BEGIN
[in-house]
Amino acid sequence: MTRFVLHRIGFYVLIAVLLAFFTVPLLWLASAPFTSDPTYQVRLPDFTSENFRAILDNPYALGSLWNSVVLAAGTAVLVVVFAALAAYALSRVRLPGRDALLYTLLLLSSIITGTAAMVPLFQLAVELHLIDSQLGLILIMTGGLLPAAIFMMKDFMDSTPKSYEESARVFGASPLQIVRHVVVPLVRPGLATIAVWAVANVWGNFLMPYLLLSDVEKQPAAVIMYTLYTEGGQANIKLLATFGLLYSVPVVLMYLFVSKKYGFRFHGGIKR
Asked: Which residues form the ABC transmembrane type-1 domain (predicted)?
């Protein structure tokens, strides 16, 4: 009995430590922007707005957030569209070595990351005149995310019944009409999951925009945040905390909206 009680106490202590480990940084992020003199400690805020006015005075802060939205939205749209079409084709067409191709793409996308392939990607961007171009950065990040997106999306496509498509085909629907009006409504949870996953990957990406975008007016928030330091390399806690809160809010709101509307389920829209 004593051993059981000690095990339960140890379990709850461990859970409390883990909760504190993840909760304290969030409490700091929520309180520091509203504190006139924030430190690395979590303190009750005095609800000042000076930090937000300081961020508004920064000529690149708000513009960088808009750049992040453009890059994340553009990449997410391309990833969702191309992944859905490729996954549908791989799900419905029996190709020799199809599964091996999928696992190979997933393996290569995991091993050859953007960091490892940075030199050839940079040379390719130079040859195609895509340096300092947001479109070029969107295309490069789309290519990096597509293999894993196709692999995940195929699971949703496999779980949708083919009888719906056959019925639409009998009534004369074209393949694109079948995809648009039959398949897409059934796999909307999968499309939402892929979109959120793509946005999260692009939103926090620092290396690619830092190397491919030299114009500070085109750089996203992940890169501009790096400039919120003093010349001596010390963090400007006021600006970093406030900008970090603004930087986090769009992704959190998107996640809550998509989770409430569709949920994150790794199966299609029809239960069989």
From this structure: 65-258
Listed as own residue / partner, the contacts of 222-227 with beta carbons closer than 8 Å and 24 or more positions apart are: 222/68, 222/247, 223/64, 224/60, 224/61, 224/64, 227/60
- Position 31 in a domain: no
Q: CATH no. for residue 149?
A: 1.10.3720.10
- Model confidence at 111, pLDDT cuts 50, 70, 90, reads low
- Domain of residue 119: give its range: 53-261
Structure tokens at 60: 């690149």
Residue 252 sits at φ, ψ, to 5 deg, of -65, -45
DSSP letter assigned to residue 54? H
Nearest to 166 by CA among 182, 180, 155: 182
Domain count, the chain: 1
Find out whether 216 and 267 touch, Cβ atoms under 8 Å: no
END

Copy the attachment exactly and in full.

[in-house]
Amino acid sequence: MTRFVLHRIGFYVLIAVLLAFFTVPLLWLASAPFTSDPTYQVRLPDFTSENFRAILDNPYALGSLWNSVVLAAGTAVLVVVFAALAAYALSRVRLPGRDALLYTLLLLSSIITGTAAMVPLFQLAVELHLIDSQLGLILIMTGGLLPAAIFMMKDFMDSTPKSYEESARVFGASPLQIVRHVVVPLVRPGLATIAVWAVANVWGNFLMPYLLLSDVEKQPAAVIMYTLYTEGGQANIKLLATFGLLYSVPVVLMYLFVSKKYGFRFHGGIKR
Asked: Which residues form the ABC transmembrane type-1 domain (predicted)?
């Protein structure tokens, strides 16, 4: 009995430590922007707005957030569209070595990351005149995310019944009409999951925009945040905390909206 009680106490202590480990940084992020003199400690805020006015005075802060939205939205749209079409084709067409191709793409996308392939990607961007171009950065990040997106999306496509498509085909629907009006409504949870996953990957990406975008007016928030330091390399806690809160809010709101509307389920829209 004593051993059981000690095990339960140890379990709850461990859970409390883990909760504190993840909760304290969030409490700091929520309180520091509203504190006139924030430190690395979590303190009750005095609800000042000076930090937000300081961020508004920064000529690149708000513009960088808009750049992040453009890059994340553009990449997410391309990833969702191309992944859905490729996954549908791989799900419905029996190709020799199809599964091996999928696992190979997933393996290569995991091993050859953007960091490892940075030199050839940079040379390719130079040859195609895509340096300092947001479109070029969107295309490069789309290519990096597509293999894993196709692999995940195929699971949703496999779980949708083919009888719906056959019925639409009998009534004369074209393949694109079948995809648009039959398949897409059934796999909307999968499309939402892929979109959120793509946005999260692009939103926090620092290396690619830092190397491919030299114009500070085109750089996203992940890169501009790096400039919120003093010349001596010390963090400007006021600006970093406030900008970090603004930087986090769009992704959190998107996640809550998509989770409430569709949920994150790794199966299609029809239960069989």
From this structure: 65-258
Listed as own residue / partner, the contacts of 222-227 with beta carbons closer than 8 Å and 24 or more positions apart are: 222/68, 222/247, 223/64, 224/60, 224/61, 224/64, 227/60
- Position 31 in a domain: no
Q: CATH no. for residue 149?
A: 1.10.3720.10
- Model confidence at 111, pLDDT cuts 50, 70, 90, reads low
- Domain of residue 119: give its range: 53-261
Structure tokens at 60: 């690149």
Residue 252 sits at φ, ψ, to 5 deg, of -65, -45
DSSP letter assigned to residue 54? H
Nearest to 166 by CA among 182, 180, 155: 182
Domain count, the chain: 1
Find out whether 216 and 267 touch, Cβ atoms under 8 Å: no